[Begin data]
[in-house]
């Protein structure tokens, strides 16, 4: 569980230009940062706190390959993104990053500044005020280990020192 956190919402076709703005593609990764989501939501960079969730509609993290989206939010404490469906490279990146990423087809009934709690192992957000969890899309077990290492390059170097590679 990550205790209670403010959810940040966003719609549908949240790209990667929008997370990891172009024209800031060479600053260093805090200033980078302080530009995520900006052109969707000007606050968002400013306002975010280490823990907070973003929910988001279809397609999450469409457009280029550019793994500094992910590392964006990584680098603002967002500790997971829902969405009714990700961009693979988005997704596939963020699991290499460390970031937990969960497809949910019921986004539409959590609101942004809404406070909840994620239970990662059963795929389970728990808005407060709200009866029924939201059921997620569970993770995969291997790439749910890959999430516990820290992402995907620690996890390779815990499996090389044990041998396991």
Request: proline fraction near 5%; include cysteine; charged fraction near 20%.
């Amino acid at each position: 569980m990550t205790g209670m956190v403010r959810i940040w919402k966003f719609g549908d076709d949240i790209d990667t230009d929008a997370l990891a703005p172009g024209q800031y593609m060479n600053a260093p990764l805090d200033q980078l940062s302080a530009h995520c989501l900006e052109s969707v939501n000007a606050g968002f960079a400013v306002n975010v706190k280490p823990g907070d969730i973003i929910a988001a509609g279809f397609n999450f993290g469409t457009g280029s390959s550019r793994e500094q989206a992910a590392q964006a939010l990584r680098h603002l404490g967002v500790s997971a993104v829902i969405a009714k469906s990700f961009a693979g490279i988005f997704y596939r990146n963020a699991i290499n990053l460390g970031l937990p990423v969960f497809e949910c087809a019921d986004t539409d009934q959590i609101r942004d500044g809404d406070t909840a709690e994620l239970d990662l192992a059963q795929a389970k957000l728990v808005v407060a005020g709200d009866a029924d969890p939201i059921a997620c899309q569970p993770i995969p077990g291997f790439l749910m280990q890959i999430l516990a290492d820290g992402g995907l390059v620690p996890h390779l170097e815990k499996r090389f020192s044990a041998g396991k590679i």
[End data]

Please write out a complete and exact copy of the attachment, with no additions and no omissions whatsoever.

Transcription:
[in-house]
């Protein structure tokens, strides 16, 4: 569980230009940062706190390959993104990053500044005020280990020192 956190919402076709703005593609990764989501939501960079969730509609993290989206939010404490469906490279990146990423087809009934709690192992957000969890899309077990290492390059170097590679 990550205790209670403010959810940040966003719609549908949240790209990667929008997370990891172009024209800031060479600053260093805090200033980078302080530009995520900006052109969707000007606050968002400013306002975010280490823990907070973003929910988001279809397609999450469409457009280029550019793994500094992910590392964006990584680098603002967002500790997971829902969405009714990700961009693979988005997704596939963020699991290499460390970031937990969960497809949910019921986004539409959590609101942004809404406070909840994620239970990662059963795929389970728990808005407060709200009866029924939201059921997620569970993770995969291997790439749910890959999430516990820290992402995907620690996890390779815990499996090389044990041998396991």
Request: proline fraction near 5%; include cysteine; charged fraction near 20%.
């Amino acid at each position: 569980m990550t205790g209670m956190v403010r959810i940040w919402k966003f719609g549908d076709d949240i790209d990667t230009d929008a997370l990891a703005p172009g024209q800031y593609m060479n600053a260093p990764l805090d200033q980078l940062s302080a530009h995520c989501l900006e052109s969707v939501n000007a606050g968002f960079a400013v306002n975010v706190k280490p823990g907070d969730i973003i929910a988001a509609g279809f397609n999450f993290g469409t457009g280029s390959s550019r793994e500094q989206a992910a590392q964006a939010l990584r680098h603002l404490g967002v500790s997971a993104v829902i969405a009714k469906s990700f961009a693979g490279i988005f997704y596939r990146n963020a699991i290499n990053l460390g970031l937990p990423v969960f497809e949910c087809a019921d986004t539409d009934q959590i609101r942004d500044g809404d406070t909840a709690e994620l239970d990662l192992a059963q795929a389970k957000l728990v808005v407060a005020g709200d009866a029924d969890p939201i059921a997620c899309q569970p993770i995969p077990g291997f790439l749910m280990q890959i999430l516990a290492d820290g992402g995907l390059v620690p996890h390779l170097e815990k499996r090389f020192s044990a041998g396991k590679i």